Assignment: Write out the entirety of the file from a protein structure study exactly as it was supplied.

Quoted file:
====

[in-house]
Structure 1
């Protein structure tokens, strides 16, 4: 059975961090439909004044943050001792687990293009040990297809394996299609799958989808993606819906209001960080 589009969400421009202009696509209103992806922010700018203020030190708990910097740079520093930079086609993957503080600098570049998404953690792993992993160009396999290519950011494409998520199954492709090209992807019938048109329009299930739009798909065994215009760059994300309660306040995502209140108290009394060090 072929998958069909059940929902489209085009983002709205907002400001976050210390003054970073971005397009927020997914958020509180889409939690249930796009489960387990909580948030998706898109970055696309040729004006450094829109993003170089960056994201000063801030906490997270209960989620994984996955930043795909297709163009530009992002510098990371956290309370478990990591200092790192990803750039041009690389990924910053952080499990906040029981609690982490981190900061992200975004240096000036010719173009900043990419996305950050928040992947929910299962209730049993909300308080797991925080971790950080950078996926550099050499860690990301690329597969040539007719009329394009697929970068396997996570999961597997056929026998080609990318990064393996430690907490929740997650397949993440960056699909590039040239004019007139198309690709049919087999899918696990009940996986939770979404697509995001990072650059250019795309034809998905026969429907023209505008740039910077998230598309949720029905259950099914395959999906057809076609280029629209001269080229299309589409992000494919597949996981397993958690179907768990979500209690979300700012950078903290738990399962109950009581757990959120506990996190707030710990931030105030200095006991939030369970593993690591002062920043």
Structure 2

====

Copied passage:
[in-house]
Structure 1
């Protein structure tokens, strides 16, 4: 059975961090439909004044943050001792687990293009040990297809394996299609799958989808993606819906209001960080 589009969400421009202009696509209103992806922010700018203020030190708990910097740079520093930079086609993957503080600098570049998404953690792993992993160009396999290519950011494409998520199954492709090209992807019938048109329009299930739009798909065994215009760059994300309660306040995502209140108290009394060090 072929998958069909059940929902489209085009983002709205907002400001976050210390003054970073971005397009927020997914958020509180889409939690249930796009489960387990909580948030998706898109970055696309040729004006450094829109993003170089960056994201000063801030906490997270209960989620994984996955930043795909297709163009530009992002510098990371956290309370478990990591200092790192990803750039041009690389990924910053952080499990906040029981609690982490981190900061992200975004240096000036010719173009900043990419996305950050928040992947929910299962209730049993909300308080797991925080971790950080950078996926550099050499860690990301690329597969040539007719009329394009697929970068396997996570999961597997056929026998080609990318990064393996430690907490929740997650397949993440960056699909590039040239004019007139198309690709049919087999899918696990009940996986939770979404697509995001990072650059250019795309034809998905026969429907023209505008740039910077998230598309949720029905259950099914395959999906057809076609280029629209001269080229299309589409992000494919597949996981397993958690179907768990979500209690979300700012950078903290738990399962109950009581757990959120506990996190707030710990931030105030200095006991939030369970593993690591002062920043």
Structure 2